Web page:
DA: I grew up in a little bitty town and I was adopted, so in my adoptive family’s house there were no books, but I always had this innate interest in reading. I later learned when I found out who my parents were, that that’s where I got it from, which is interesting because of the whole idea of nature vs. nurture because I wasn’t ‘nurtured’ to be a writer. I guess it was in my genes to be interested in books. So, I grew up in a small town, blue-collar family, and I went to schools with kids whose families were all farmers and things like that, and that was kind of the expectation that you just kind of did what your parents did. And my adoptive dad was an electrician and his brother and his dad were also electricians, so I guess the expectation was that I would also do that. But I just never really felt passionate about that. And I had a lot of blue-collar jobs, but I guess my answer to the question is that those were the people that I knew and so I would write about those types of people because I felt like I was part of them too, even though I didn’t do that same kind of work. Not romanticizing it or glorifying it, but just showing how real people, who I knew, live.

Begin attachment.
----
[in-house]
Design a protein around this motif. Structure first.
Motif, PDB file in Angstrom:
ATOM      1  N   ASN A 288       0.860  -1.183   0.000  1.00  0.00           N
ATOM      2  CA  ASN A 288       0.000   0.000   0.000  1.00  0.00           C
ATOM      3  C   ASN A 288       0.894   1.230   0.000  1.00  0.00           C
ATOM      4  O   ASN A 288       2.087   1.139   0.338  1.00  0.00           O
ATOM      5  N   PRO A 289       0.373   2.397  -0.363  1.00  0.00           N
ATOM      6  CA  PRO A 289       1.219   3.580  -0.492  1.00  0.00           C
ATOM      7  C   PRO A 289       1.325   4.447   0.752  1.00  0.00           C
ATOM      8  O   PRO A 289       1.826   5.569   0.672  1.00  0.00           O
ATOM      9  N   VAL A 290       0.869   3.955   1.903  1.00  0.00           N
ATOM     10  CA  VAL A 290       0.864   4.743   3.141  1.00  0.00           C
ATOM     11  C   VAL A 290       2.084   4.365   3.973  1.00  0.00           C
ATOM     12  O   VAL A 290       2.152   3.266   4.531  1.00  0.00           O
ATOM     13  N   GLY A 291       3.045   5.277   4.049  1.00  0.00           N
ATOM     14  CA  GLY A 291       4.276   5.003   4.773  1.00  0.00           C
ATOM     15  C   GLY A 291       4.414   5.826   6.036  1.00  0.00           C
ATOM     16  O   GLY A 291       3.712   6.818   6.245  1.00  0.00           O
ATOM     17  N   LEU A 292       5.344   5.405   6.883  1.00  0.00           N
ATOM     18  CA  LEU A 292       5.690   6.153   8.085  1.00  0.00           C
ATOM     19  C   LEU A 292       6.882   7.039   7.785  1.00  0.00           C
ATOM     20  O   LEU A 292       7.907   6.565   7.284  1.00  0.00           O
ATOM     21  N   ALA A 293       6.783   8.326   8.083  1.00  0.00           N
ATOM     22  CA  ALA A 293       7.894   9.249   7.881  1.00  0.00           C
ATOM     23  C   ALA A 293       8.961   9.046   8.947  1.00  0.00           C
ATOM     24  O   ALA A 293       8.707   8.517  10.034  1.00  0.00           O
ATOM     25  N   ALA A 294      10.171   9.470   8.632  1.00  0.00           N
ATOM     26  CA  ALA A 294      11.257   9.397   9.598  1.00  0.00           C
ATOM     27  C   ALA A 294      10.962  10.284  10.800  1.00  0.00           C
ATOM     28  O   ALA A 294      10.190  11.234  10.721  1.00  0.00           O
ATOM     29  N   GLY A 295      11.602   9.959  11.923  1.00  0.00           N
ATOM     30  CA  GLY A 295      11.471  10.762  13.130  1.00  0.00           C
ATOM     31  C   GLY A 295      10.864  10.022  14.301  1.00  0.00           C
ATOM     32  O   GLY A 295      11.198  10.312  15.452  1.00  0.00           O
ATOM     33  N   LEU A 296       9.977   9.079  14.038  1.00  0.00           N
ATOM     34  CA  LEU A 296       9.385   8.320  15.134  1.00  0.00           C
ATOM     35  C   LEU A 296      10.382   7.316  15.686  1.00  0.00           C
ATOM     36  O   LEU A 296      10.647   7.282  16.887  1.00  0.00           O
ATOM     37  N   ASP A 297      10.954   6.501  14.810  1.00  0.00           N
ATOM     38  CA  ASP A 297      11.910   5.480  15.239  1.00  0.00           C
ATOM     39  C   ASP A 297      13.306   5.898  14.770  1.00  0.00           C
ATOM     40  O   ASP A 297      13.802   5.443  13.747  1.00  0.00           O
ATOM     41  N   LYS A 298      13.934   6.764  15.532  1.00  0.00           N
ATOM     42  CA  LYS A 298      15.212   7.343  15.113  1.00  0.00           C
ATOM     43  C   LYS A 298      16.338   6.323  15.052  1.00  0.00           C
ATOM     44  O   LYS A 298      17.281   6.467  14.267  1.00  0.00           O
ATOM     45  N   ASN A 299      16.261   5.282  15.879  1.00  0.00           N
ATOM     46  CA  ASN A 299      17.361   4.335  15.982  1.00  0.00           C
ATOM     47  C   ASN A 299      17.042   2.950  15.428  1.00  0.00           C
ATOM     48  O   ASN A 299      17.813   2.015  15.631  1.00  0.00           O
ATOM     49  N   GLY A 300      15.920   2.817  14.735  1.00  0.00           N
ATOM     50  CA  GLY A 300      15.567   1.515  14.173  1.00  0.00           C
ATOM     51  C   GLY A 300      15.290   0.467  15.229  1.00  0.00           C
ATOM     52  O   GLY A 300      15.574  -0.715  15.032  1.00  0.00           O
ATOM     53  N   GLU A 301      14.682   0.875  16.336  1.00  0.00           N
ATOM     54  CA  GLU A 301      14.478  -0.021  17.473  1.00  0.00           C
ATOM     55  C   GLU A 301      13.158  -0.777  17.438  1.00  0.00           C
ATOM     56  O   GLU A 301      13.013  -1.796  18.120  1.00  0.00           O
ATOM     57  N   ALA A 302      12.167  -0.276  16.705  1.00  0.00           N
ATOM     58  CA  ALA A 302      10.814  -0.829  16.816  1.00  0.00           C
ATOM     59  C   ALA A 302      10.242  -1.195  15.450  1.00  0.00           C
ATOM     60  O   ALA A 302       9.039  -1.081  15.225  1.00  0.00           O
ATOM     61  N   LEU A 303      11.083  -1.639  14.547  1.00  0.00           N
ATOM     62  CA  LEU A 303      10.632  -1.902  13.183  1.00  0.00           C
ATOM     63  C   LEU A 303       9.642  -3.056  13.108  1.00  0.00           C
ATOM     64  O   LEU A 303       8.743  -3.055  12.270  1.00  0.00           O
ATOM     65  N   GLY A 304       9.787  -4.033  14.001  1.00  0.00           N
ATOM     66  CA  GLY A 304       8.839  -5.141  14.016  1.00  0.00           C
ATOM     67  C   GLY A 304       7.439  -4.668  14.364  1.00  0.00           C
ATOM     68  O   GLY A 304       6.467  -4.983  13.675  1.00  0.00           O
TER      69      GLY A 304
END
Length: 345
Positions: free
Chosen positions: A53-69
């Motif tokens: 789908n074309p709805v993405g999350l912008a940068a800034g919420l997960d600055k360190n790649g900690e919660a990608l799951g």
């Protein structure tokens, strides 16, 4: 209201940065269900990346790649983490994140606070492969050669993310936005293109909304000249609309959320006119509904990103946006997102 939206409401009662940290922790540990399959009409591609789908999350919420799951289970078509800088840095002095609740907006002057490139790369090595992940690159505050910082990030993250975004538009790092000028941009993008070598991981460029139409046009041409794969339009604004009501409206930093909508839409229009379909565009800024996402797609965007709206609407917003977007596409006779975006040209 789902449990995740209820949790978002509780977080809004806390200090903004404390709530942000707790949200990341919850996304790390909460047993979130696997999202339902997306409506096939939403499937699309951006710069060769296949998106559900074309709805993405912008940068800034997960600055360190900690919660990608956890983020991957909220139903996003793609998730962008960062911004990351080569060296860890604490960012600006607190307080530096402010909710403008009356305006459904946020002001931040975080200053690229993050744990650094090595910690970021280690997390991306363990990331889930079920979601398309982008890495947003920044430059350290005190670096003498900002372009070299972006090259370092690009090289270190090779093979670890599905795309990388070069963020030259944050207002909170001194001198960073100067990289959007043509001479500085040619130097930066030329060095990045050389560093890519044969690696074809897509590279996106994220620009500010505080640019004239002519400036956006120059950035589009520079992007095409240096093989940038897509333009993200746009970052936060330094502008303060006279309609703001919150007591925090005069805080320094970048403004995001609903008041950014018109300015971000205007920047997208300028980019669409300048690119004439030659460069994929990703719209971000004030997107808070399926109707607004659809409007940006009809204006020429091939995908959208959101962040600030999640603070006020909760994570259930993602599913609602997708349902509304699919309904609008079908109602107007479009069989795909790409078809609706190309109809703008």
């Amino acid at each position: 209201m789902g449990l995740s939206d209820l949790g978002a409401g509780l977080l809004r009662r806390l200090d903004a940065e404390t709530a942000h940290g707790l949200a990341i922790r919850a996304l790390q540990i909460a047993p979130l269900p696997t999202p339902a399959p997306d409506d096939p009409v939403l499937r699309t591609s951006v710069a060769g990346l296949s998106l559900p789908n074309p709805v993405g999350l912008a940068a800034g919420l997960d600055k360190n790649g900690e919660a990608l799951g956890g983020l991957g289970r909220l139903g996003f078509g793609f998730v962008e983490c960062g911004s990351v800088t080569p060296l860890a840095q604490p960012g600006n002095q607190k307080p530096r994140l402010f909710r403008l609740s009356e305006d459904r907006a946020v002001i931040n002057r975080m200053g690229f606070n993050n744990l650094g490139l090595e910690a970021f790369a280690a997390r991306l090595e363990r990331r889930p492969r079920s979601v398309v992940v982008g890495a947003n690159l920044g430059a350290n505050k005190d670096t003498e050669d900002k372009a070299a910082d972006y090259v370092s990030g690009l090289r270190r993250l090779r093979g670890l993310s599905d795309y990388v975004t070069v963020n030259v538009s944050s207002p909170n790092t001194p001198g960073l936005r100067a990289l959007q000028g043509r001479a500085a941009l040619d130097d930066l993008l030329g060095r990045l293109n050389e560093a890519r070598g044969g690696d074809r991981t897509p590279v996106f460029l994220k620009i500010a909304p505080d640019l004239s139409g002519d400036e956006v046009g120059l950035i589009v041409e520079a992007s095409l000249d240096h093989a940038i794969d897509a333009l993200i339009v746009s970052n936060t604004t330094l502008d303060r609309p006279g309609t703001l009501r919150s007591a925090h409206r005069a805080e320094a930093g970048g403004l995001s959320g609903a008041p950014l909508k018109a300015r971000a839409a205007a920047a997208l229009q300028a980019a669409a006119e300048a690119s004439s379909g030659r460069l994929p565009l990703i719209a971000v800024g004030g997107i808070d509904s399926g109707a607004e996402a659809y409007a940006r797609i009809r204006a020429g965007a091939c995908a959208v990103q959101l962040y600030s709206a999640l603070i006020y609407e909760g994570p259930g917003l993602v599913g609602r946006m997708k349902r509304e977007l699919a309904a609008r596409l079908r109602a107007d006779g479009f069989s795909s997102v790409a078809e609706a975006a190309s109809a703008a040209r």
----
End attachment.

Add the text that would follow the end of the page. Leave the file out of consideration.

Often the people I grew up with and my family—there was a lot of alcoholism and poverty, illiteracy in my community. I would write about all of that, but I always wanted to have an element of hope in it. So I guess that’s the theme that I really try to push. In my life, my biological mother was schizophrenic, which is why she didn’t raise me. You know, I wrote a memoir about her and I met her when I was older. It was interesting and it was kind of beautiful in some ways and kind of horrible in other ways. Some people are like, ‘Yeah, I could never read that book because it’s so dark,’ but to me, there’s hope in it. So, I guess my theme is always like you drag people through the dirt and they come back on the other side. Kind of like in Shawshank Redemption when he climbs through the sewage. I really like that.